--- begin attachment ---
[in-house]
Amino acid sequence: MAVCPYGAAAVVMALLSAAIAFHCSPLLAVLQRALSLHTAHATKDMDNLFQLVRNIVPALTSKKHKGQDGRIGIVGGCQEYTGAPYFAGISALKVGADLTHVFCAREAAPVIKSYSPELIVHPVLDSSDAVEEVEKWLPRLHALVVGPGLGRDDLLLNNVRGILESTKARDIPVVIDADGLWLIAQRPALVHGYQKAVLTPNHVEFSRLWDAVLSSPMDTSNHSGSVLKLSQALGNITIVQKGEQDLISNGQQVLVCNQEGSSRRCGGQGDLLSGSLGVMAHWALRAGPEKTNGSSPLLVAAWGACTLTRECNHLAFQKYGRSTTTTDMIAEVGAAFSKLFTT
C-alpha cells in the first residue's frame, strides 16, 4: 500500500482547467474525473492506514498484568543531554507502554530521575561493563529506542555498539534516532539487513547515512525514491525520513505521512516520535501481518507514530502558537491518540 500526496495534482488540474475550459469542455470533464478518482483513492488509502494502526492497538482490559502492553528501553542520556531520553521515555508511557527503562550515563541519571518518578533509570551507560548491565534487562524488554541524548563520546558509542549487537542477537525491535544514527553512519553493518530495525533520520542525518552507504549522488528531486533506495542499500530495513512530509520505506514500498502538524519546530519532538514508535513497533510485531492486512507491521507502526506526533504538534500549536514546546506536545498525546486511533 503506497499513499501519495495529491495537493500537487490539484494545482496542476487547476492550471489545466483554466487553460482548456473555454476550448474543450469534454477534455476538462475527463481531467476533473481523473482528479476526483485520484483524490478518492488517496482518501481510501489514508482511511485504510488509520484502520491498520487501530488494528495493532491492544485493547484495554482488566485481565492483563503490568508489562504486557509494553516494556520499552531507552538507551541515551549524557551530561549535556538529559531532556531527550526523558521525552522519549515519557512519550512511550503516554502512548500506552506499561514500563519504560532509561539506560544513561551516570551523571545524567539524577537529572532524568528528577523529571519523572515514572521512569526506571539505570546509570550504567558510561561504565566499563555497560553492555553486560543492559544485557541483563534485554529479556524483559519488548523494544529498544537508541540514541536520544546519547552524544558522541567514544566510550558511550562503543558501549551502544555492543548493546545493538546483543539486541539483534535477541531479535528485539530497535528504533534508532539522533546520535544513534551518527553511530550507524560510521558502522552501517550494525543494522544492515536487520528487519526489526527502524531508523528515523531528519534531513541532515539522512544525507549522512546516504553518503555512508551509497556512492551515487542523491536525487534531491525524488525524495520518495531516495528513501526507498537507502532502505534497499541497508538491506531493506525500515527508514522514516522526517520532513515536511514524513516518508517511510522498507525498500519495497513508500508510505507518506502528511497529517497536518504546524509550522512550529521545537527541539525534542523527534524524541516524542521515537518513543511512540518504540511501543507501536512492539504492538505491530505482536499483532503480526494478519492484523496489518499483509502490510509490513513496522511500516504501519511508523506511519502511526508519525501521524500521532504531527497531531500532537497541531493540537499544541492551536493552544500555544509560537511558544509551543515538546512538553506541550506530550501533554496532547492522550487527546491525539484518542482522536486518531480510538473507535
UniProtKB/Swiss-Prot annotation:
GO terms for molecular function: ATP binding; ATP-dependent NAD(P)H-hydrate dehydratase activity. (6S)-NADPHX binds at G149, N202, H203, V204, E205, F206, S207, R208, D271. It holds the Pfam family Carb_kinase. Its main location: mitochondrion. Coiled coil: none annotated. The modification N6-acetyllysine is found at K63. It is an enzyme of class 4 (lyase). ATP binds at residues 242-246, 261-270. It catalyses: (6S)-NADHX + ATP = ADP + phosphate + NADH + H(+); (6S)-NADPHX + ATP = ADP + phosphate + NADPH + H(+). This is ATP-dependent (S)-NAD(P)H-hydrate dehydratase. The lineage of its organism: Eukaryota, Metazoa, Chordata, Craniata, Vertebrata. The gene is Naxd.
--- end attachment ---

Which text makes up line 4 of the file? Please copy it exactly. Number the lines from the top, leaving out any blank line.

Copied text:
UniProtKB/Swiss-Prot annotation: